After moving mostly higher early in the session, stocks gave back ground over the course of the trading session on Friday. The major averages pulled back off their best levels of the day before closing near the unchanged line.
The major averages finished the day with a mixed performance. While the S&P 500 dipped 7.26 points or 0.2 percent to 3,906.71, the Dow crept up 0.98 points or less than a tenth of a percent to 31,494.32 and the Nasdaq inched up 9.10 points or 0.1 percent to 13,874.46.
For the holiday-shortened week, the Dow crept up by 0.1 percent, while the S&P 500 slid by 0.7 percent and the Nasdaq slumped by 1.6 percent.
Continued optimism about more fiscal stimulus contributed to the early strength on Wall Street, as new Treasury Secretary Janet Yellen urged lawmakers to approve President Joe Biden’s $1.9 trillion relief package.
Yellen suggested during an interview with CNBC on Thursday that the Biden administration’s proposal could help the U.S. get back to full employment within a year.
The former Federal Reserve Chair also dismissed Republican complaints about the size of the proposed bill, arguing, “The price of doing too little is much higher than the price of doing something big.”
The comments from Yellen came after House Speaker Nancy Pelosi, D-Calif., said House Democrats aim to pass their version of the $1.9 trillion relief bill before the end of the month.
Democrats have been hoping to pass a new stimulus bill with Republican support but may be forced to use the process known as reconciliation to approve a relief package without GOP votes.
Traders have generally remained optimistic about more stimulus under Biden and the Democrat-controlled Congress, helping propel stocks to new record highs.
However, buying interest waned over the course of the session amid a jump in treasury yields, with the yield on the benchmark ten-year note reading its highest closing level in almost a year.
The recent increase in treasury yields has raised concerns about the outlook for interest rates amid worries about the prospects of higher inflation.
In U.S. economic news, the National Association of Realtors released a report showing another unexpected increase in U.S. existing home sales in the month of January.
NAR said existing home sales rose by 0.6 percent to an annual rate of 6.69 million in January after climbing by 0.9 percent to a revised rate of 6.65 million in December. Compared to the same month a year ago, existing home sales in January were up by 23.7 percent.
The continued growth came as surprise to economists, who had expected existing home sales to tumble by 2.2 percent to a rate of 6.61 million from the 6.76 million originally reported for the previous month.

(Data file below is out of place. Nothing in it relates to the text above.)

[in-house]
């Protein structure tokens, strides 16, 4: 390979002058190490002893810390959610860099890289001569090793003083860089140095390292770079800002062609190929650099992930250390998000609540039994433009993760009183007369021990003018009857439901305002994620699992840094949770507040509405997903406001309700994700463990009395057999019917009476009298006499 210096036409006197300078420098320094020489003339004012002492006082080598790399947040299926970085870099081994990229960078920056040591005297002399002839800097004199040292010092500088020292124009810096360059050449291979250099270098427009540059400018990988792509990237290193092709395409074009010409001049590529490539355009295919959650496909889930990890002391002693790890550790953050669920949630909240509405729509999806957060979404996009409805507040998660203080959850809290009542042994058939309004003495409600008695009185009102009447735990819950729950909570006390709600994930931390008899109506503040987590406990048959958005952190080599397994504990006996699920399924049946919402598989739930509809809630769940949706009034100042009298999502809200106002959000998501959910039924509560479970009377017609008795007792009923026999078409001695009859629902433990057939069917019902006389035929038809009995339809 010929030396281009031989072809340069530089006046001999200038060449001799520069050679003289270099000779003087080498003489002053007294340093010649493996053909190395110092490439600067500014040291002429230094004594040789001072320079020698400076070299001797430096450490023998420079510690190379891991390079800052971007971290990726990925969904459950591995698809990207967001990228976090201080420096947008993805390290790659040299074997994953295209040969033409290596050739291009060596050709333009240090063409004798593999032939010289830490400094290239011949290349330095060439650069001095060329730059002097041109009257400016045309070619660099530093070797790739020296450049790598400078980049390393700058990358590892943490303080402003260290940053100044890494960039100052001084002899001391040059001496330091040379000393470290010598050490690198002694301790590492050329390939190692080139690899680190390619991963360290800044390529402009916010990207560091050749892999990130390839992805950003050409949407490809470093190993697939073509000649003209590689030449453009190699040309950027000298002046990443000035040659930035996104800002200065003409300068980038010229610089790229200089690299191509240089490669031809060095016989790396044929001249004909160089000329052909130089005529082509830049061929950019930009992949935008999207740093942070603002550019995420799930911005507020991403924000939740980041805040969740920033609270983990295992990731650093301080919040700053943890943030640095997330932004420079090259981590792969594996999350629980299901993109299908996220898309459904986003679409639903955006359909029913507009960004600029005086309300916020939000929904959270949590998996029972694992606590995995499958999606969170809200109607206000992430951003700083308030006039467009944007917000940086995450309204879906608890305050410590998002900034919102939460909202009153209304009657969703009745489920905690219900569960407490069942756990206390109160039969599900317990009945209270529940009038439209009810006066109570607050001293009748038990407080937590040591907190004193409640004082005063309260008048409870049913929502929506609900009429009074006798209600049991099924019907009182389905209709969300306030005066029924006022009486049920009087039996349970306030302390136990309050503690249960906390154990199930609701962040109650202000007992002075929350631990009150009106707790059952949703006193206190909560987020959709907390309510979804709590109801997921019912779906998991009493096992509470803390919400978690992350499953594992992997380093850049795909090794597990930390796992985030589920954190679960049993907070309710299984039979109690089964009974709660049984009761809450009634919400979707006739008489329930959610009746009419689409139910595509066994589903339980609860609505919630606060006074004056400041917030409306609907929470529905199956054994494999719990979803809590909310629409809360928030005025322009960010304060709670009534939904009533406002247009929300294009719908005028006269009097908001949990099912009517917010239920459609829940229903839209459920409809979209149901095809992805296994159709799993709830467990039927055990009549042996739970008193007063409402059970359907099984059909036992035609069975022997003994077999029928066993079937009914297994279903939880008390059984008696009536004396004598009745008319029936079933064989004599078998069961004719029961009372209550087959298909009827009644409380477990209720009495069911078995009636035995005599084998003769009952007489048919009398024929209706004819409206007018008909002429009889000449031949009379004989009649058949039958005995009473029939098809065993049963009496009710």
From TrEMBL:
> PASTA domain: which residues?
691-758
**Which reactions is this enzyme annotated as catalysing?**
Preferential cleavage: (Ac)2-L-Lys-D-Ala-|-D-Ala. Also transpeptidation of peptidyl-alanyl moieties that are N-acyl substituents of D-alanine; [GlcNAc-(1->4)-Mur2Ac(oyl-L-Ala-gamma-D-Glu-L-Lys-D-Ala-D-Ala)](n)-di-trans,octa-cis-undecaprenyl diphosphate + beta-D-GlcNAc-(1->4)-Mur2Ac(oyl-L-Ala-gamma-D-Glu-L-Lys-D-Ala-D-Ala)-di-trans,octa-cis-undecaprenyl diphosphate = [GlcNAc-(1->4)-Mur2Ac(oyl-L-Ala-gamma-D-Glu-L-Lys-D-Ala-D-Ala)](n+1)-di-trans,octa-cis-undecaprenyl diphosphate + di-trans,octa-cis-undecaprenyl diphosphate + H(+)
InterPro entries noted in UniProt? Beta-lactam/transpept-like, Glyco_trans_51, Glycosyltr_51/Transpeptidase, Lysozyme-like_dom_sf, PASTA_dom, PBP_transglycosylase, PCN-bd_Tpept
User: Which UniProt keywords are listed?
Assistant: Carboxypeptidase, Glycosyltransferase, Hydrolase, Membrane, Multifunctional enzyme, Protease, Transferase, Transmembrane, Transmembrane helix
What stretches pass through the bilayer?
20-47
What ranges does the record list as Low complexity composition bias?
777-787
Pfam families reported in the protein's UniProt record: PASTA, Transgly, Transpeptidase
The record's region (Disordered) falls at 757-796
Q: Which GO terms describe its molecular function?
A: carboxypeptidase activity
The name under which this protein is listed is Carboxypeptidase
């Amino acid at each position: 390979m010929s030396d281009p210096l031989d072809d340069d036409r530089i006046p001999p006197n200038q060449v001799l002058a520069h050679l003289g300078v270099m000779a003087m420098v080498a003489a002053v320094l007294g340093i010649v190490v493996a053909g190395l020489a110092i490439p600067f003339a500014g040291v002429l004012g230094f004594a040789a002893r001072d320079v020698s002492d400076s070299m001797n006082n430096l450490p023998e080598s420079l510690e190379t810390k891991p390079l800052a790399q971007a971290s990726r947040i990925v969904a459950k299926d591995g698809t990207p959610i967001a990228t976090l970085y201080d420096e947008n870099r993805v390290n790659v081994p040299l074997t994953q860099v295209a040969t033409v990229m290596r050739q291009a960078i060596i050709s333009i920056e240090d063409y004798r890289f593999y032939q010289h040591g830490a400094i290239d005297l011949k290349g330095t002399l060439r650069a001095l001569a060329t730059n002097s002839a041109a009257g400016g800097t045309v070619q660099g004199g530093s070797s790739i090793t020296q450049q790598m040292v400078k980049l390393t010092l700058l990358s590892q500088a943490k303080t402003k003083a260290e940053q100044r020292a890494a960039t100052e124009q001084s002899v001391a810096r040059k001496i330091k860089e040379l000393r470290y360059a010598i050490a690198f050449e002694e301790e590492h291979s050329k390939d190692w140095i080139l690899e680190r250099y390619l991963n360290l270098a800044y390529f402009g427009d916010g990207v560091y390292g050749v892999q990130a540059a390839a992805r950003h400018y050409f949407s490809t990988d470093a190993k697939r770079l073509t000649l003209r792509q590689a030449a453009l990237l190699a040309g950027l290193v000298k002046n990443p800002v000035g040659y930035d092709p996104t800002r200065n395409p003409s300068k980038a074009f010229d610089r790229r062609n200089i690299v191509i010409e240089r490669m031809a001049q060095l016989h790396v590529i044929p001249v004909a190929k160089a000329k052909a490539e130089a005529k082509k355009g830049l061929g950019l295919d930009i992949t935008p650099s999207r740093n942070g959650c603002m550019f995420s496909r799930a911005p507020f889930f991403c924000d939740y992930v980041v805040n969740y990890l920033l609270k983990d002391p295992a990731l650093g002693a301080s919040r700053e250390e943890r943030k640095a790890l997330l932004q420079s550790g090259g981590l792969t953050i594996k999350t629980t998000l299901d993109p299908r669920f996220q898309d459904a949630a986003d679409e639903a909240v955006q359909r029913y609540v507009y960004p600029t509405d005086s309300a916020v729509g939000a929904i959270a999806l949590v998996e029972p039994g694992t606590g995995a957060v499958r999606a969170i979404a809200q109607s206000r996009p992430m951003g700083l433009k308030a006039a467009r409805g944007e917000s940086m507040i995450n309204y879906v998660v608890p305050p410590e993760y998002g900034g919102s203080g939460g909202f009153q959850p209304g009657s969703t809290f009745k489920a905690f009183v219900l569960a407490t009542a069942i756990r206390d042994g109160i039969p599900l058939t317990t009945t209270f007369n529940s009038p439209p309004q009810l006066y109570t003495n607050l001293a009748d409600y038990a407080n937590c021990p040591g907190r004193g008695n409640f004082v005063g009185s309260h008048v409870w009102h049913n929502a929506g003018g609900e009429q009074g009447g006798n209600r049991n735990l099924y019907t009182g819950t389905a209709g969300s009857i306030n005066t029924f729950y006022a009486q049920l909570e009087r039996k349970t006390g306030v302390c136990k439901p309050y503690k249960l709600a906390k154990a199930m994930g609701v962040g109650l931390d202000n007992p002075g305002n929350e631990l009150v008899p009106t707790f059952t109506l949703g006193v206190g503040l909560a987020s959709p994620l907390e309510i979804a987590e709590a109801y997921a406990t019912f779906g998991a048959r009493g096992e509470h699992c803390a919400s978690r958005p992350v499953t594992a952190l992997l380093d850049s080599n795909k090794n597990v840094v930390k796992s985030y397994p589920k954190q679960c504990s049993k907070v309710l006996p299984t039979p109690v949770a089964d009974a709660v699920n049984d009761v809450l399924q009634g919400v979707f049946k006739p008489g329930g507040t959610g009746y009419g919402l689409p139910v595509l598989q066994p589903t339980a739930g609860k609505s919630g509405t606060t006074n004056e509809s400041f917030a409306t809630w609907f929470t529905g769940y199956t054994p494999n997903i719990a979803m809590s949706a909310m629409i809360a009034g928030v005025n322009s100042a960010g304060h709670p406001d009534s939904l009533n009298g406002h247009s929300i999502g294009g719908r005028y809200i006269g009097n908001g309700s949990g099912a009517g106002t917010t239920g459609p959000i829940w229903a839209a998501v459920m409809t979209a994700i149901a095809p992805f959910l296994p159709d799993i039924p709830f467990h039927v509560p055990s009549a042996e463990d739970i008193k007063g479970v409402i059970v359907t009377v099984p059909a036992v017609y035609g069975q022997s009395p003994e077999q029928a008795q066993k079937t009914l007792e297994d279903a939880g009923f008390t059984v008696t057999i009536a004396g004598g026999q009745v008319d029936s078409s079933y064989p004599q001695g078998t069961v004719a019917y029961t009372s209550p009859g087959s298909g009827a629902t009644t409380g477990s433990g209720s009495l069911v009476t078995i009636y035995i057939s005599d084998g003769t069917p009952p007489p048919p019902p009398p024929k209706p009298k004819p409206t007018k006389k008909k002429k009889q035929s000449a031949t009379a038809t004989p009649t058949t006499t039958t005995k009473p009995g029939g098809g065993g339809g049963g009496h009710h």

Despite the lackluster close by the broader markets, airline stocks showed a substantial move to the upside on the day. The NYSE Arca Airline Index soared by 3.7 percent to its best closing level in almost a year.
Considerable strength was also visible among steel stocks, as reflected by the 2.7 percent spike by the NYSE Arca Steel Index.
Semiconductor stocks also saw significant strength on the day, driving the Philadelphia Semiconductor Index up by 2.4 percent.
Applied Materials (AMAT) helped lead the sector higher after the semiconductor equipment maker reported better than expected fiscal first quarter results.
Banking, housing and oil service stocks also showed strong moves to the upside, while notable weakness emerged among utilities, pharmaceutical and retail stocks.
In overseas trading, stock markets across the Asia-Pacific region turned in a mixed performance during trading on Friday. Japan’s Nikkei 225 Index slid by 0.7 percent, while China’s Shanghai Composite Index climbed by 0.6 percent.
Meanwhile, the major European markets all moved to the upside on the day. While the U.K.’s FTSE 100 Index inched up by 0.1 percent, the French CAC 40 Index and the German DAX Index both advanced by 0.8 percent.
In the bond market, treasuries came under pressure after turning higher over the course of the previous session. Subsequently, the yield on the benchmark ten-year note, which moves opposite of its price climbed 5.8 basis points to 1.345 percent.
Next week’s trading may be impacted by reaction to reports on consumer confidence, new home sales, durable goods orders and personal income and spending as well as Congressional testimony by Federal Reserve Chair Jerome Powell.
On the earnings front, Home Depot (HD), Macy’s (M), Office Depot (ODP), Moderna (MRNA), Dell (DELL), HP Inc. (HPQ), and Salesforce.com (CRM) are among the companies due to report their quarterly results next week.
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